**LogLaplace(
\alpha ,\beta .\delta) - no Crystal Ball function**

Examples of the LogLaplace distribution are given below. \delta is just a scaling factor, giving the location of the point of inflection of the density function, so \delta = 1 is used for these graphs. The LogLaplace distribution takes a variety of shapes, depending on the value of \beta. For example, where \beta = 1, the LogLaplace distribution is uniform for x < \delta .

#### Uses

Kozubowski TJ and Podgórski K review many uses of the LogLaplace distribution. The most commonly quoted use (for the symmetric LogLaplace) has been for modeling "moral fortune', a state of well-being that is the logarithm of income, based on a formula by Daniel Bernoulli.

The asymmetric LogLaplace distribution has been fit to pharmacokinetic and particle size data (particle size studies often show the log size to follow a tent'shaped distribution like the Laplace). It has been used to model growth rates, stock prices, annual gross domestic production, interest and forex rates. Some explanation for the goodness of fit of the LogLaplace has been suggested because of its relationship to Brownian motion stopped at a random exponential time.

#### Comments

If log(X) takes a Laplace(
\mu ,\sigma) distribution, then the variable X takes the *symmetric* LogLaplace(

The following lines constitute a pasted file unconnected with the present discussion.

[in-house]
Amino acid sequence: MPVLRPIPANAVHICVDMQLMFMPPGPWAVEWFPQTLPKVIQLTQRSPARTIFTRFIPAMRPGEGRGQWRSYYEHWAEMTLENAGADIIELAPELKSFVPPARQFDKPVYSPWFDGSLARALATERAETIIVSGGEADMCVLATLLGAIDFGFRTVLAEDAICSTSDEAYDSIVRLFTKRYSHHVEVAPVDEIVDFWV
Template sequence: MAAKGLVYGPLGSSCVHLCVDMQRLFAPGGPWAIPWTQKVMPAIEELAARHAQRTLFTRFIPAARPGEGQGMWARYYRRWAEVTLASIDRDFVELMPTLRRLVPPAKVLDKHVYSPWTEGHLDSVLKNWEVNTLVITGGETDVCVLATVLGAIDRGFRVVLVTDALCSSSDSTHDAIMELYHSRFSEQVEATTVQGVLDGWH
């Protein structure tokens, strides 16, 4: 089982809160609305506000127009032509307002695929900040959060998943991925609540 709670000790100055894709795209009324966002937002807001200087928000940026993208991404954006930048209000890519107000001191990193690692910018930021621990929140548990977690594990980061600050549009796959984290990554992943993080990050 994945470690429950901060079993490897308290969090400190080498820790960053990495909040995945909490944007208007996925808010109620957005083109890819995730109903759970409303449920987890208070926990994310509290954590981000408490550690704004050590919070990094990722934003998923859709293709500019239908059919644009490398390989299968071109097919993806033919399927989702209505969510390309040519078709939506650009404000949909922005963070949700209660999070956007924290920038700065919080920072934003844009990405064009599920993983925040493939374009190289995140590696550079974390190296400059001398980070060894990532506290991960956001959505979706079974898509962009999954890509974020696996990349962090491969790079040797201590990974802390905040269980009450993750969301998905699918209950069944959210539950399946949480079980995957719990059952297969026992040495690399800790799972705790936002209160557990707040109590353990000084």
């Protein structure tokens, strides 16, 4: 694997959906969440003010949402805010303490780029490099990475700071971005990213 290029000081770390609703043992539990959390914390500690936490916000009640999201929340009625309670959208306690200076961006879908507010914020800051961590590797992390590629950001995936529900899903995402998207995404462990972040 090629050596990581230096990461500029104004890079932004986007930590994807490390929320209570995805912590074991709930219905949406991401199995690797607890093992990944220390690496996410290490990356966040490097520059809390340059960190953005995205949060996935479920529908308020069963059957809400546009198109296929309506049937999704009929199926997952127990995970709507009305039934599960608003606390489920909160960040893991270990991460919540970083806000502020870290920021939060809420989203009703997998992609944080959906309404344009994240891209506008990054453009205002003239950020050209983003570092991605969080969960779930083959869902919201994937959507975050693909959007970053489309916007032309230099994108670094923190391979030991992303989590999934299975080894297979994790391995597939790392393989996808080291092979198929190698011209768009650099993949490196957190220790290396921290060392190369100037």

\alpha ,\alpha ,\delta) distribution, where
\alpha = SQRT(2)/
\sigma and
\delta = Exp(
\mu). This is analogous to the relationship between the Normal and lognormal distributions

The LogLaplace distribution described here is the *asymmetric* form of the distribution which offers a greater variety of shapes. If X is a LogLaplace(**
\alpha ,\beta .\delta**) distribution, then log(X) is an

*asymmetric-Laplace*distributed variable with probability density given by:

f(x)=\frac{\alpha \beta}{\alpha +\beta}exp[-\alpha(x-\ln \delta)] \quad for~x\geq \ln \delta |

f(x)=\frac{\alpha \beta}{\alpha +\beta}exp[\beta(x-\ln \delta)] \quad for~x < \ln \delta |

The symmetric form is the special case where \alpha = \beta.

If a variable X is LogLaplace(t,t, \delta) distributed (i.e. \alpha = \beta) then X and 1/X take the same distribution.

Other names: *skew log-Laplace, double Pareto*.

#### Reference

Kozubowski TJ and Podgórski K give an excellent review of the Log-Laplace distribution.